Nursing constraint models for electronic health records: a vision for domain knowledge governance

Evelyn Hovenga, Sebastian Garde, Sam Heard
International Journal of Medical Informatics 2005, 74 (11): 886-98
Various forms of electronic health records (EHRs) are currently being introduced in several countries. Nurses are primary stakeholders and need to ensure that their information and knowledge needs are being met by such systems information sharing between health care providers to enable them to improve the quality and efficiency of health care service delivery for all subjects of care. The latest international EHR standards have adopted the openEHR approach of two-level modelling. The first level is a stable information model determining structure, while the second level consists of constraint models or 'archetypes' that reflect the specifications or clinician rules for how clinical information needs to be represented to enable unambiguous data sharing. The current state of play in terms of international health informatics standards development activities is providing the nursing profession with a unique opportunity and challenge. Much work has been undertaken internationally in the area of nursing terminologies and evidence-based practice. This paper argues that to make the most of these emerging technologies and EHRs we must now concentrate on developing a process to identify, document, implement, manage and govern our nursing domain knowledge as well as contribute to the development of relevant international standards. It is argued that one comprehensive nursing terminology, such as the ICNP or SNOMED CT is simply too complex and too difficult to maintain. As the openEHR archetype approach does not rely heavily on big standardised terminologies, it offers more flexibility during standardisation of clinical concepts and it ensures open, future-proof electronic health records. We conclude that it is highly desirable for the nursing profession to adopt this openEHR approach as a means of documenting and governing the nursing profession's domain knowledge. It is essential for the nursing profession to develop its domain knowledge constraint models (archetypes) collaboratively in an international context.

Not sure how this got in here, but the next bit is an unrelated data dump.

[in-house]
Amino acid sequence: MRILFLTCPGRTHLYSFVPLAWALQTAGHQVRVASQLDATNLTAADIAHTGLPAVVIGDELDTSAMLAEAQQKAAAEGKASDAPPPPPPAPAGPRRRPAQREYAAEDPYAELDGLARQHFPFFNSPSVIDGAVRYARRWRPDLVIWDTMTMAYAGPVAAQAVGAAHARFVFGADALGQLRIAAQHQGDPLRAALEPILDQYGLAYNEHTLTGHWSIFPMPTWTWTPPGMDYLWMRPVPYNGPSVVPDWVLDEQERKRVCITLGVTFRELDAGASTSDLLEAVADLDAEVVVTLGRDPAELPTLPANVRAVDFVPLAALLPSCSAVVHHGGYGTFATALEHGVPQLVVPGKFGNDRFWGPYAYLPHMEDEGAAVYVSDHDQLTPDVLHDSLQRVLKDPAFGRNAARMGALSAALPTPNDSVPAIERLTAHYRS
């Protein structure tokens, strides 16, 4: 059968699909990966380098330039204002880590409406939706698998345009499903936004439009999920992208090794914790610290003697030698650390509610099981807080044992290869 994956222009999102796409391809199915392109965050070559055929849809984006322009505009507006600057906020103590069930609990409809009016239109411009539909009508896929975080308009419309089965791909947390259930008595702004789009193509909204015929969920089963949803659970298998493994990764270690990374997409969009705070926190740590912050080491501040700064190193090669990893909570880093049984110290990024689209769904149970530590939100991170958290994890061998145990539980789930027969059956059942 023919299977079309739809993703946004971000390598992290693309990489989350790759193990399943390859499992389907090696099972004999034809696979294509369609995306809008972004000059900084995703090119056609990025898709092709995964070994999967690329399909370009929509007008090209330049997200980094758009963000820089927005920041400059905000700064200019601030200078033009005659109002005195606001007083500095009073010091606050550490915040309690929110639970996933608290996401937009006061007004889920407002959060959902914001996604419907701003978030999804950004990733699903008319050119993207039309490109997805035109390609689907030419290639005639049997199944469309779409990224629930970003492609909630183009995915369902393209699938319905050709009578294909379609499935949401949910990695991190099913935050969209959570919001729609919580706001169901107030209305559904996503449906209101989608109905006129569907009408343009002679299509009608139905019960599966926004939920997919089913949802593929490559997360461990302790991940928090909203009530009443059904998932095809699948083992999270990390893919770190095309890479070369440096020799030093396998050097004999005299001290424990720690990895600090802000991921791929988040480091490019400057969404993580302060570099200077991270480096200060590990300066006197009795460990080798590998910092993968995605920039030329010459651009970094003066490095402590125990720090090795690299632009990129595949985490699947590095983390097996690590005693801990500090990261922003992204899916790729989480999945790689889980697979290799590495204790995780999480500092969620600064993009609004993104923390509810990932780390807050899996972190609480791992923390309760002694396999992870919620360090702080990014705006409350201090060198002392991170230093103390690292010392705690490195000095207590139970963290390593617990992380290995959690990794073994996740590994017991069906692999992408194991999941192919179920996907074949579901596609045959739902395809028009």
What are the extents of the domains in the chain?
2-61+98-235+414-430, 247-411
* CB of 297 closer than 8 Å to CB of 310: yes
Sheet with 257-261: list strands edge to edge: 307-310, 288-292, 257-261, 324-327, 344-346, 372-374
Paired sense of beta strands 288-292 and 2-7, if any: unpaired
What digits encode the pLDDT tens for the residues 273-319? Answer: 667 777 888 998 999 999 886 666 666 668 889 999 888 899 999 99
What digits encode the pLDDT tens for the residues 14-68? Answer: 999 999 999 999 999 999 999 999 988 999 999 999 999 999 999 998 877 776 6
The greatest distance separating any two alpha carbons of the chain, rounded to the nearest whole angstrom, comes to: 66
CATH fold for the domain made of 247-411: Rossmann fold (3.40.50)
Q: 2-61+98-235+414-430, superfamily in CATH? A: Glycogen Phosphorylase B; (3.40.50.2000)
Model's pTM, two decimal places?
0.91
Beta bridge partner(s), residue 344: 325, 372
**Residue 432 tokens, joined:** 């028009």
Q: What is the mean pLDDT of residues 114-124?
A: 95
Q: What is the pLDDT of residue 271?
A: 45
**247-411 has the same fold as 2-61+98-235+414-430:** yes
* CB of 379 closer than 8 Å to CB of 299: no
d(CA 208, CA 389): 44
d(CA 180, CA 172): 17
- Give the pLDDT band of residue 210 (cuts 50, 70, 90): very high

Full Text Links

Find Full Text Links for this Article


You are not logged in. Sign Up or Log In to join the discussion.

Related Papers

Remove bar
Read by QxMD icon Read

Save your favorite articles in one place with a free QxMD account.


Search Tips

Use Boolean operators: AND/OR

diabetic AND foot
diabetes OR diabetic

Exclude a word using the 'minus' sign

Virchow -triad

Use Parentheses

water AND (cup OR glass)

Add an asterisk (*) at end of a word to include word stems

Neuro* will search for Neurology, Neuroscientist, Neurological, and so on

Use quotes to search for an exact phrase

"primary prevention of cancer"
(heart or cardiac or cardio*) AND arrest -"American Heart Association"